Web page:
Saturday, January 29, 2011

Just Chutes And Ladders

It occurs to me that sometimes life just happens. And in a comical sort of way we're all just trying to not be bored all the time. So we find things to worry about. We invent woes for ourselves and make poor decisions just out of that boredom. I was watching Changing Lanes (which I don't hate) and found myself sort of laughing at how many times Sam Jackson and Ben Affleck could have fixed all of their problems... but instead they escalate the negativity because they can't stand to just let it go. I don't mean to make more of a popcorn movie than I should, but there is a pretty solid metaphor on the surface of that flick. At one point Ben says "God puts two people in a bag and shakes it up." Like it's all a game. That's just how he thinks. That's how a lot of us think. Everything's a bit of a game. We play along until it hurts. And then we run home crying saying "it wasn't fair" "they were cheating". But when we don't establish rules for everyone to follow, or when someone finds a way to break those rules without having to take responsibility for their actions, things tend to fall apart.

I like games. I like sitting with some close friends and shooting people on a plasma screen in the comfort of my home, where there are no consequences. If I get into a one on one duel with my roommate and he shoots me in the head with a shotgun I don't come back at him with real life aggression, because it's just a game. I disconnect. I don't feel true pain or hate. But in the real world, in far less extreme situations, people tend to find reasons to hate and spite and be angry. And it gets to me, because I can't stand to watch little bits of nothing turn into extremized hate spats. Sometimes (usually) it's okay to just smile and let things go. It can be easy to get along, if we let it.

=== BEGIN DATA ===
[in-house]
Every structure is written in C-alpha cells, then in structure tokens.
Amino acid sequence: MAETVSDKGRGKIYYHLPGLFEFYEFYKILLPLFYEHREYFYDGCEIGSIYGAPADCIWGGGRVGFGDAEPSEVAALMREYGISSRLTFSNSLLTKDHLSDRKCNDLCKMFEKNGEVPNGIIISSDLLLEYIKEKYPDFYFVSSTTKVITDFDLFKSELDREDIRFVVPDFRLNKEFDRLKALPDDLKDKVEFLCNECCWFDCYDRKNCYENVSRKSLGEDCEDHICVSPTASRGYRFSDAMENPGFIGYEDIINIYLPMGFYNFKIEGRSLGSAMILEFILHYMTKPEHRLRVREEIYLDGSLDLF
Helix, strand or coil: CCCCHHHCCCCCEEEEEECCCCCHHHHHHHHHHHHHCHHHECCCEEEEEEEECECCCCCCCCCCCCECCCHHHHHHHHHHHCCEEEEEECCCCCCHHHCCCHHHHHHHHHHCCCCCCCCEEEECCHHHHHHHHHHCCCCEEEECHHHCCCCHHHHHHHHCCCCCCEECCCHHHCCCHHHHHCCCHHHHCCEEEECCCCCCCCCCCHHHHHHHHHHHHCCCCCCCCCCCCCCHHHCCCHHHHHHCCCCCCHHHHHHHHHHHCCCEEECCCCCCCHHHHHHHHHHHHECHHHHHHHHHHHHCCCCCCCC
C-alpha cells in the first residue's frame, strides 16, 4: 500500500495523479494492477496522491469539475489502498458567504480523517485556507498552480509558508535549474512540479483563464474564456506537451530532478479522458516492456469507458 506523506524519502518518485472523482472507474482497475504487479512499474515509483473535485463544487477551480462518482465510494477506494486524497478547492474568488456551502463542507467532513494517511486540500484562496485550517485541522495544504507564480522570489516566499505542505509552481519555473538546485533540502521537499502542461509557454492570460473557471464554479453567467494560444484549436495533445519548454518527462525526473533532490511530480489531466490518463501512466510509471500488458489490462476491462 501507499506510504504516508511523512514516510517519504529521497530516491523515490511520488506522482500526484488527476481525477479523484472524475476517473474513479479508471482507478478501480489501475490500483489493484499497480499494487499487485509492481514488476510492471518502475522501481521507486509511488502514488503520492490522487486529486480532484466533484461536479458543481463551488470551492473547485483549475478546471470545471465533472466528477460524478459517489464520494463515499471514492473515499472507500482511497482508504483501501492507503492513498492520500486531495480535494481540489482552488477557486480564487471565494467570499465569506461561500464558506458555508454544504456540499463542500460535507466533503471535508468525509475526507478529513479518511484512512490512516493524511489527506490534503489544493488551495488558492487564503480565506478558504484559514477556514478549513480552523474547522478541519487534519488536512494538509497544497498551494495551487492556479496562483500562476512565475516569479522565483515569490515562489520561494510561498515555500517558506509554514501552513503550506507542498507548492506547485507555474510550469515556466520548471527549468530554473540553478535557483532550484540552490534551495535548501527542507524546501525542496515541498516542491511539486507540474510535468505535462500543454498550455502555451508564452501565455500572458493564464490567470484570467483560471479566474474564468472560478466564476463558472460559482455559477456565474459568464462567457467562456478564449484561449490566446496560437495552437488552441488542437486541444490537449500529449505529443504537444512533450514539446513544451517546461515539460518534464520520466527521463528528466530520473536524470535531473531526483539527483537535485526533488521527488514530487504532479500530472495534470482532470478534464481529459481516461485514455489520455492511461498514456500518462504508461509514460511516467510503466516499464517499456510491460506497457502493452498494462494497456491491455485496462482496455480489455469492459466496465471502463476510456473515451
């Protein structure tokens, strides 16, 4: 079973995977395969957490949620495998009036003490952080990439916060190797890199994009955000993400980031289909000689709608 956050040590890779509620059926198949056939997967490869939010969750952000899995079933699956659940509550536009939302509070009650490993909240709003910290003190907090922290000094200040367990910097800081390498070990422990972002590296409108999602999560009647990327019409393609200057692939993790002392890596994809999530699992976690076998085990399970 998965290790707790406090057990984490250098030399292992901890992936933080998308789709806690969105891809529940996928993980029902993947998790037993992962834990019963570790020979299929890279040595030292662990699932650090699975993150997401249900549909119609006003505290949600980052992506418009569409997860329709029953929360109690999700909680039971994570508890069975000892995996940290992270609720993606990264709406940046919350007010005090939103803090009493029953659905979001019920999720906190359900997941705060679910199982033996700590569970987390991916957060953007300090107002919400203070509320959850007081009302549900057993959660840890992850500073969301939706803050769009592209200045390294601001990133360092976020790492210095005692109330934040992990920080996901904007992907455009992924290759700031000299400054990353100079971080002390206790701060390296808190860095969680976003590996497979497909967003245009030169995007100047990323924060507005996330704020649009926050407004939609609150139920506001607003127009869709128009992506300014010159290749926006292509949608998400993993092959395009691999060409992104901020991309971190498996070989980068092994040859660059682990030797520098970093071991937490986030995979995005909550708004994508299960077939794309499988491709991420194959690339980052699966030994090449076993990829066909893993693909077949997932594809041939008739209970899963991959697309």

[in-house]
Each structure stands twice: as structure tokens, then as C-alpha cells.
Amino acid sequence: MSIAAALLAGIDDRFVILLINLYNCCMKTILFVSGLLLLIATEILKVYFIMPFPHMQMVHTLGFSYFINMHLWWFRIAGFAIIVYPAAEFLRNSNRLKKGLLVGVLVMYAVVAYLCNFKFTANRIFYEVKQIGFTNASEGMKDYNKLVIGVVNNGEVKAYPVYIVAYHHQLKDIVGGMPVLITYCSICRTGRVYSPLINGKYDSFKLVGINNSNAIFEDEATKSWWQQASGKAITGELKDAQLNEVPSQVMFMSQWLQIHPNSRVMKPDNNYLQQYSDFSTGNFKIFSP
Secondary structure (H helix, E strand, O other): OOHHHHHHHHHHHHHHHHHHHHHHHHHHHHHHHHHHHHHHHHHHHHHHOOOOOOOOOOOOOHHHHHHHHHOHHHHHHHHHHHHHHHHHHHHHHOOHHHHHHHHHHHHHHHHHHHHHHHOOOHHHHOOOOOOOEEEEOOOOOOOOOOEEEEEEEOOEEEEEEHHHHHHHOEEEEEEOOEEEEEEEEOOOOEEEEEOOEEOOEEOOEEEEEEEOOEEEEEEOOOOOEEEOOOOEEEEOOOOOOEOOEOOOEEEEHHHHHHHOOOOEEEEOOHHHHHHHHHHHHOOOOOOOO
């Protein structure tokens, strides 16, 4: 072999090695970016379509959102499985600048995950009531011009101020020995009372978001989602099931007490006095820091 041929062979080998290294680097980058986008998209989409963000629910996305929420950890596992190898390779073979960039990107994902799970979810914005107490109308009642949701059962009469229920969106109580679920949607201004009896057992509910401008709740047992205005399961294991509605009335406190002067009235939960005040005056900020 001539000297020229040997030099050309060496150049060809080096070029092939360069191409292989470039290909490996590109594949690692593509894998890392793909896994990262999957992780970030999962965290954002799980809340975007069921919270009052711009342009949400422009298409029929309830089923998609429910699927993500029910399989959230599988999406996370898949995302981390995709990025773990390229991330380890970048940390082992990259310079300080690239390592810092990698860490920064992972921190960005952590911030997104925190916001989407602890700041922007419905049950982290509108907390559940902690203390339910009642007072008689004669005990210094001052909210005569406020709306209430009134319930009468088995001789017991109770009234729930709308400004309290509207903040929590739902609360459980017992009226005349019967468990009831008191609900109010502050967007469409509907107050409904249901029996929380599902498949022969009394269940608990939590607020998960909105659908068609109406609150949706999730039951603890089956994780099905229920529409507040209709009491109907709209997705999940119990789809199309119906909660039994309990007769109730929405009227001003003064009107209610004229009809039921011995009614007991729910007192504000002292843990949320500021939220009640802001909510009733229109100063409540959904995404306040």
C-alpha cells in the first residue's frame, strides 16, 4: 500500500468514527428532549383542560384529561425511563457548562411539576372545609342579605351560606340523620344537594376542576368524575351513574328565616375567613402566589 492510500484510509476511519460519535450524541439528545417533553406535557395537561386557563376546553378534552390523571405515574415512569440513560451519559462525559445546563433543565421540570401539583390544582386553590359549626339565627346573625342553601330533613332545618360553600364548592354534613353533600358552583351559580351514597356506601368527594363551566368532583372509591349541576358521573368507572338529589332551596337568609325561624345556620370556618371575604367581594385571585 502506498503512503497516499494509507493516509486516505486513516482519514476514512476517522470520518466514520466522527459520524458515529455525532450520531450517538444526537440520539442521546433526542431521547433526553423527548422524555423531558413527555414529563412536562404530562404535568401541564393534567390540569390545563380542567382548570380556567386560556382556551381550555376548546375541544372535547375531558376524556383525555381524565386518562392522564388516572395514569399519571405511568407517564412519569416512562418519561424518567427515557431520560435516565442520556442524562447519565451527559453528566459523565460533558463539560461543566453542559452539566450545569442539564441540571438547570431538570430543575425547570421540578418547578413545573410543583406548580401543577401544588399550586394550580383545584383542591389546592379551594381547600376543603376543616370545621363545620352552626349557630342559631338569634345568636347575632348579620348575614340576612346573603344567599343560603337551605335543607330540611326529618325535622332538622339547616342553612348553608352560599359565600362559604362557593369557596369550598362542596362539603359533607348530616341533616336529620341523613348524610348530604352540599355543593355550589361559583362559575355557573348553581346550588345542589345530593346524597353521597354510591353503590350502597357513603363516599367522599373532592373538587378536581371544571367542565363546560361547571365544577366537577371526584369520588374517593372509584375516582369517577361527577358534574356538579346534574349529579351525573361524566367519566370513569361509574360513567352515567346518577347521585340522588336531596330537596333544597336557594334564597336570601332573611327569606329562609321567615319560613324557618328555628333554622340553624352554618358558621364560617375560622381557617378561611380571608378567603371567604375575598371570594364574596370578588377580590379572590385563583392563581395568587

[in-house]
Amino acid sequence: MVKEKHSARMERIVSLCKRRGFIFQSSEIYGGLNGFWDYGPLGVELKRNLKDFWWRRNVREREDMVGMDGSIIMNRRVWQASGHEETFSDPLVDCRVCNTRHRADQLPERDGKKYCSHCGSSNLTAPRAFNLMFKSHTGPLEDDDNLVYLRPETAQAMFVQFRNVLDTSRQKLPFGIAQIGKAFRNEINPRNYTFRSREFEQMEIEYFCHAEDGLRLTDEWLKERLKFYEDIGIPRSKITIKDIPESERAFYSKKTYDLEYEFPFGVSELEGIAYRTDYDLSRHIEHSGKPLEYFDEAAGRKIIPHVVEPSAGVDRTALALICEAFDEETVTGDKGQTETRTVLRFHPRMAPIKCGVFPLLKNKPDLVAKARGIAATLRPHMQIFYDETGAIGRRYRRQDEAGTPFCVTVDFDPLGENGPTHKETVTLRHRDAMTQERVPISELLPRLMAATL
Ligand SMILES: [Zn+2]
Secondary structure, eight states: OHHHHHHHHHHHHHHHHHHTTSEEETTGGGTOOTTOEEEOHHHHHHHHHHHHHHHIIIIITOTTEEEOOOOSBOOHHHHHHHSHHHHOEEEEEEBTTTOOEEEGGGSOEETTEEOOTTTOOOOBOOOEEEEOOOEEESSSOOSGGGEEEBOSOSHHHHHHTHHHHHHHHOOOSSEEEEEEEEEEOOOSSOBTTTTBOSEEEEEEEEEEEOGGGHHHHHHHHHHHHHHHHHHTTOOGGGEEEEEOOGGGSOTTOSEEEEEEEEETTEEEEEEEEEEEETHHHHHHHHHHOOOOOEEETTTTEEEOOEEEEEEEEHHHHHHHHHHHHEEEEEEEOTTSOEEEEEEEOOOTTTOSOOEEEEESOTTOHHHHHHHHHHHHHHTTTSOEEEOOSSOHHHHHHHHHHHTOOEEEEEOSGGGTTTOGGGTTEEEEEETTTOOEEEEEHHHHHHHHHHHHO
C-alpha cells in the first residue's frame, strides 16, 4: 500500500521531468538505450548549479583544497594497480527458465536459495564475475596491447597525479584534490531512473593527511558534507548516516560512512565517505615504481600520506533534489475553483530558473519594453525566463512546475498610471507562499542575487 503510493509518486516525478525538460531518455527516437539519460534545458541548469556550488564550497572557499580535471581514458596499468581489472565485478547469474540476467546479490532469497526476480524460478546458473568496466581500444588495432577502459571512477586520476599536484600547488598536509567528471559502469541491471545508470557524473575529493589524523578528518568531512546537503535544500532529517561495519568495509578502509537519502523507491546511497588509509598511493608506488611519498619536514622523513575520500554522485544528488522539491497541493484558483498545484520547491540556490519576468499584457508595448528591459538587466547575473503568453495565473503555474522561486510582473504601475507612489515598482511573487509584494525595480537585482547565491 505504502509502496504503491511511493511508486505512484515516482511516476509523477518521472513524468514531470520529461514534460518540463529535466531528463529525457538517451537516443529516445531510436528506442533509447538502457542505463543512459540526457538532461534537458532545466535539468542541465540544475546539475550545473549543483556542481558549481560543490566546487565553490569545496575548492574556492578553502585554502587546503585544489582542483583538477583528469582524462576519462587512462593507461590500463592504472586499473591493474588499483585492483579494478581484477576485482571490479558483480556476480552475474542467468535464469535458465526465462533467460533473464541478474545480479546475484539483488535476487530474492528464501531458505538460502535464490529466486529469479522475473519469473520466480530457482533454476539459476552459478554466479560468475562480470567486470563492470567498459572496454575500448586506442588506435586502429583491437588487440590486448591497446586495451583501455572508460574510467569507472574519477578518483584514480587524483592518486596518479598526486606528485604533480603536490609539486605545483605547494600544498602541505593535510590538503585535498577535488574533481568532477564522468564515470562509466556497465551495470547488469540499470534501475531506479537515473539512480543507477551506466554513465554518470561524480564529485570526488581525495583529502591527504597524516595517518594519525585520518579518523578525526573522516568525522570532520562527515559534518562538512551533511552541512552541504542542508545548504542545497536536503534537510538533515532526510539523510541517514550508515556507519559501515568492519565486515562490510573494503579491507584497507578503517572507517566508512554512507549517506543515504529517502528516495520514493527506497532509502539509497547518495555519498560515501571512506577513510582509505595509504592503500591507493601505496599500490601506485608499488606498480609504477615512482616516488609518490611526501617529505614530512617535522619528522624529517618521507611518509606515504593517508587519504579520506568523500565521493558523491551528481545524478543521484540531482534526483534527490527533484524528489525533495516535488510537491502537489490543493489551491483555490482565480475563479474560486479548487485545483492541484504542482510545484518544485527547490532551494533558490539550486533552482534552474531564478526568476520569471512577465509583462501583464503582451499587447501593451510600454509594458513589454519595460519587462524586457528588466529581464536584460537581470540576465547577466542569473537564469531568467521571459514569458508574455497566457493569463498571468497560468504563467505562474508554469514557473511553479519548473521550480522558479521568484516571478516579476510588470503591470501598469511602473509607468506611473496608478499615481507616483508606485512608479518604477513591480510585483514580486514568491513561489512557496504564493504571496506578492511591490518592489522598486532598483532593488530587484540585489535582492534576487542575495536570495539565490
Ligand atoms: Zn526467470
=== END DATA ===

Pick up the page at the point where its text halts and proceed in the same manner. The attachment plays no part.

I think it's better to talk it out and allow both sides to reflect and understand, than to let things marinate poorly in our minds until they don't resemble the actual facts of a situation. I like getting along.

Life's just Chutes And Ladders:

1. Back In The Day - The Good, The Bad & The Queen
2. I Surrender Dear - Louis Armstrong
3. Faust - Gorillaz
4. Innocence Again - Switchfoot
5. Song For The Fields - Fields
6. One More Cup Of Coffee - Bob Dylan
7. All The Little Pieces - Louis XIV
8. Neukoln - David Bowie
9. Darkness - Third Eye Blind
10. Indra - Thievery Corporation
11. Song For A Friend - Jason Mraz
12. Fake The Aroma - Massive Attack
13. Firefly - Tortoise
14. Volcano - Beck

Tuesday, January 25, 2011

LA Extra: Runyon v Fryman